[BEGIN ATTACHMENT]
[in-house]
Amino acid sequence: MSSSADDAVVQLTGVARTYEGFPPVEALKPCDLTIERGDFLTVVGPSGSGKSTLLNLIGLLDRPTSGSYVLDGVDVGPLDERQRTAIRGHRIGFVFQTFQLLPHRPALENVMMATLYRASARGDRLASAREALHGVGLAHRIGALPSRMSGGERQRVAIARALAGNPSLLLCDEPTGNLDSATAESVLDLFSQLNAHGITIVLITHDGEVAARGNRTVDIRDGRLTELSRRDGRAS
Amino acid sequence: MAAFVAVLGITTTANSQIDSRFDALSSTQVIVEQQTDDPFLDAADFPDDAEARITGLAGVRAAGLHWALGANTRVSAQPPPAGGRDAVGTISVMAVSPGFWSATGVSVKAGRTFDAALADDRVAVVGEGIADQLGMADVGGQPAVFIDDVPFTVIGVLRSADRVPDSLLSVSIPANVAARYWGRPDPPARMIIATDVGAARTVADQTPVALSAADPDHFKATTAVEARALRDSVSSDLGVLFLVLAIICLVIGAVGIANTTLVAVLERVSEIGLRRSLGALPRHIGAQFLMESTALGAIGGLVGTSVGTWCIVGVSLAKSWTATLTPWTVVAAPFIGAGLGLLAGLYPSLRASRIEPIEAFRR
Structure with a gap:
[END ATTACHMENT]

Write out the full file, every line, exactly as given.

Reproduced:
[in-house]
Amino acid sequence: MSSSADDAVVQLTGVARTYEGFPPVEALKPCDLTIERGDFLTVVGPSGSGKSTLLNLIGLLDRPTSGSYVLDGVDVGPLDERQRTAIRGHRIGFVFQTFQLLPHRPALENVMMATLYRASARGDRLASAREALHGVGLAHRIGALPSRMSGGERQRVAIARALAGNPSLLLCDEPTGNLDSATAESVLDLFSQLNAHGITIVLITHDGEVAARGNRTVDIRDGRLTELSRRDGRAS
Amino acid sequence: MAAFVAVLGITTTANSQIDSRFDALSSTQVIVEQQTDDPFLDAADFPDDAEARITGLAGVRAAGLHWALGANTRVSAQPPPAGGRDAVGTISVMAVSPGFWSATGVSVKAGRTFDAALADDRVAVVGEGIADQLGMADVGGQPAVFIDDVPFTVIGVLRSADRVPDSLLSVSIPANVAARYWGRPDPPARMIIATDVGAARTVADQTPVALSAADPDHFKATTAVEARALRDSVSSDLGVLFLVLAIICLVIGAVGIANTTLVAVLERVSEIGLRRSLGALPRHIGAQFLMESTALGAIGGLVGTSVGTWCIVGVSLAKSWTATLTPWTVVAAPFIGAGLGLLAGLYPSLRASRIEPIEAFRR
Structure with a gap: